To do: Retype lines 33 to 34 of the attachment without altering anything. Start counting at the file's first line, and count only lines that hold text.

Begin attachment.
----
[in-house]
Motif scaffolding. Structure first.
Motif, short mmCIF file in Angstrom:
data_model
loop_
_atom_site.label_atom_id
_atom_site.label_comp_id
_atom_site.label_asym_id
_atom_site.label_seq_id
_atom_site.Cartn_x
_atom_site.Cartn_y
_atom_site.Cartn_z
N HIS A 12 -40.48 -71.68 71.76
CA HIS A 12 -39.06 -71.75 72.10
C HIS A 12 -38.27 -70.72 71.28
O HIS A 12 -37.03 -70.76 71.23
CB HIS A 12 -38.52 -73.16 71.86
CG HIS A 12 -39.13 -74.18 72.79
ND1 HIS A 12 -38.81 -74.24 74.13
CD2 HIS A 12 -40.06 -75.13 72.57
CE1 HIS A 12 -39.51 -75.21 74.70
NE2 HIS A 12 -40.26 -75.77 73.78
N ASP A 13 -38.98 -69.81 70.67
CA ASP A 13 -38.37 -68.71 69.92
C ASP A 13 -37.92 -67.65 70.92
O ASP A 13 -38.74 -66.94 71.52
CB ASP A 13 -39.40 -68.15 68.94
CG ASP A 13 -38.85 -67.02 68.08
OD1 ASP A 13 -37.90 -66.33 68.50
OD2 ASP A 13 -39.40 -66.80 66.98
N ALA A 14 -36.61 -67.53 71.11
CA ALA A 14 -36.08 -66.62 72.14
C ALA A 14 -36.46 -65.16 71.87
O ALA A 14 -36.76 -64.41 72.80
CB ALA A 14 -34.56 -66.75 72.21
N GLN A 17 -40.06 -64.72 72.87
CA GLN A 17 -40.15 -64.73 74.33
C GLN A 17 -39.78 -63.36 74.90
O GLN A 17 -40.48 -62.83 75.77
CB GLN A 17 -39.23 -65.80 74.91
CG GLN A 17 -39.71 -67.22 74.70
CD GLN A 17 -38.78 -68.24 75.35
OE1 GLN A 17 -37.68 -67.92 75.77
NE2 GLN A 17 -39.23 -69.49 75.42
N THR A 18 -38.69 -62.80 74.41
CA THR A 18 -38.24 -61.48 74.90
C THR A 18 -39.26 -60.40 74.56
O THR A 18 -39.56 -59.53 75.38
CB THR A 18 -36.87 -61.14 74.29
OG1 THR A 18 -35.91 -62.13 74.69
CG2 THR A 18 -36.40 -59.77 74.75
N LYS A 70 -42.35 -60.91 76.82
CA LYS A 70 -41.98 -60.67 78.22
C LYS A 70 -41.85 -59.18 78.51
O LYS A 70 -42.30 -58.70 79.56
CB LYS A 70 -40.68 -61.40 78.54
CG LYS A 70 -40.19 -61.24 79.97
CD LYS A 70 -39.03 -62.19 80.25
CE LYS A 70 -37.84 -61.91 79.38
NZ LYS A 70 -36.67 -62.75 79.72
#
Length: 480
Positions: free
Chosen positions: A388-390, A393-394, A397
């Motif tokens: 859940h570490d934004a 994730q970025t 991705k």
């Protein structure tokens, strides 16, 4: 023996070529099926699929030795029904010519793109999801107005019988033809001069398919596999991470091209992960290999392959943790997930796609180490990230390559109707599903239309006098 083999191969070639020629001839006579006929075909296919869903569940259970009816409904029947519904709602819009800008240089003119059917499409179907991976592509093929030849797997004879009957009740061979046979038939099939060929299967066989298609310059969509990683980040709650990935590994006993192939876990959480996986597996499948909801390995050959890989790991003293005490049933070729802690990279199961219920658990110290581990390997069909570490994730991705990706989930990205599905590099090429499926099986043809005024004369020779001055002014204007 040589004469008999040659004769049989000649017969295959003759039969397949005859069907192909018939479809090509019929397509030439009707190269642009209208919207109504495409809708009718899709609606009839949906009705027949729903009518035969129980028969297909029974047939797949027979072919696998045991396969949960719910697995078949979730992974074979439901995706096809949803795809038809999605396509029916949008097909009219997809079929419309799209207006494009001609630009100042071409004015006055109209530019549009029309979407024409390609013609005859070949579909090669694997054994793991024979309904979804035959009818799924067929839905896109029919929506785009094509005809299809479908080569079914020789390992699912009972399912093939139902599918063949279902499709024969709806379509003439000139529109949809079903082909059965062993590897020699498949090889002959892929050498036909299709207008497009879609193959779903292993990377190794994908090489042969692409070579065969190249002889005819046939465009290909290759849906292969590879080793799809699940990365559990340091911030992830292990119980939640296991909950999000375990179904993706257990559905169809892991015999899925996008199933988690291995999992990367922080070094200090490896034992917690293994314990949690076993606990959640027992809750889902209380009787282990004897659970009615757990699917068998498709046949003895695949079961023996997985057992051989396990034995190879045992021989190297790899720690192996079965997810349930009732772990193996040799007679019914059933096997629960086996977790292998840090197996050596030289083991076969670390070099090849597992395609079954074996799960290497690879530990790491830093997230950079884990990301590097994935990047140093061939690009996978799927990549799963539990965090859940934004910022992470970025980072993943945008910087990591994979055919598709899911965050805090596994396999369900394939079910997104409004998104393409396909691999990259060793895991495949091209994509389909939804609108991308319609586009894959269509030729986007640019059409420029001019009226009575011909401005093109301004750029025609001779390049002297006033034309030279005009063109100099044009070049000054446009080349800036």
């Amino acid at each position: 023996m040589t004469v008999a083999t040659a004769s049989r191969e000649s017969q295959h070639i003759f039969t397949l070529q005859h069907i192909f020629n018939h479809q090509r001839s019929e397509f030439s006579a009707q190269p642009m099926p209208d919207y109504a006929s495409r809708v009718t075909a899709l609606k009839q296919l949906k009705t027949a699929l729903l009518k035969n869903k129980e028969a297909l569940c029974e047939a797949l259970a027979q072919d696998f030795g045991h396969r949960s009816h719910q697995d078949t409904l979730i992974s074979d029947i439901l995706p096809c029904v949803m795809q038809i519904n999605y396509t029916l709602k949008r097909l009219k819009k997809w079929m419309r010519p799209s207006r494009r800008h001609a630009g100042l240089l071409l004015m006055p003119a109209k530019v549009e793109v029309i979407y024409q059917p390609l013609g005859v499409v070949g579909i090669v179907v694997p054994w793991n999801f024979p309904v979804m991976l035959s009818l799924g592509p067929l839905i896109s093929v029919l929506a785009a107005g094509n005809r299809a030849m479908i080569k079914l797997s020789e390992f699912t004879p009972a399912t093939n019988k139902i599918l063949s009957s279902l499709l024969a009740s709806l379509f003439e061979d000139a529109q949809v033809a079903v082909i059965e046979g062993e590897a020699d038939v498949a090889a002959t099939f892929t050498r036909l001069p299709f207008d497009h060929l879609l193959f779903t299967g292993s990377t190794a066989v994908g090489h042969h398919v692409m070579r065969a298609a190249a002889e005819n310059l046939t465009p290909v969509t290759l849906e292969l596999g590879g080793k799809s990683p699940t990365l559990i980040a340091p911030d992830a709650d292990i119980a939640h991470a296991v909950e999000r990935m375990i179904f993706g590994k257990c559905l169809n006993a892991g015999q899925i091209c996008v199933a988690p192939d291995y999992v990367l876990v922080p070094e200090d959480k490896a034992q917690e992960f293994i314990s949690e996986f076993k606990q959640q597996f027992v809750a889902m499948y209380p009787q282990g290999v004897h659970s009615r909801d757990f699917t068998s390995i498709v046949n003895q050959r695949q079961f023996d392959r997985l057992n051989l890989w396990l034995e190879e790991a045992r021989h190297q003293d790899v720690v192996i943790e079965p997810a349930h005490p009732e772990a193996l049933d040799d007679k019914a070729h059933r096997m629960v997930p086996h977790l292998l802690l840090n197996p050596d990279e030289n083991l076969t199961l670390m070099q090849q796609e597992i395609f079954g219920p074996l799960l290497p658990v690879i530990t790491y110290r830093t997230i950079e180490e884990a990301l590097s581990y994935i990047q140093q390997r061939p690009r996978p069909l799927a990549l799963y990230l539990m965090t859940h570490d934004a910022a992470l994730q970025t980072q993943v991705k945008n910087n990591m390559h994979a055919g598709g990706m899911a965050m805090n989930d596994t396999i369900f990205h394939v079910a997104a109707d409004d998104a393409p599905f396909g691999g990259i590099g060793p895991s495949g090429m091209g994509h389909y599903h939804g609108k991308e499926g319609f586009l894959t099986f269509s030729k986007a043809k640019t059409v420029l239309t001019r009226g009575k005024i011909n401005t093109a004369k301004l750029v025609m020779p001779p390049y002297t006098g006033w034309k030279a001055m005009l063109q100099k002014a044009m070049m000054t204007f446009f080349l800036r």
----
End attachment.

C ALA A 14 -36.46 -65.16 71.87
O ALA A 14 -36.76 -64.41 72.80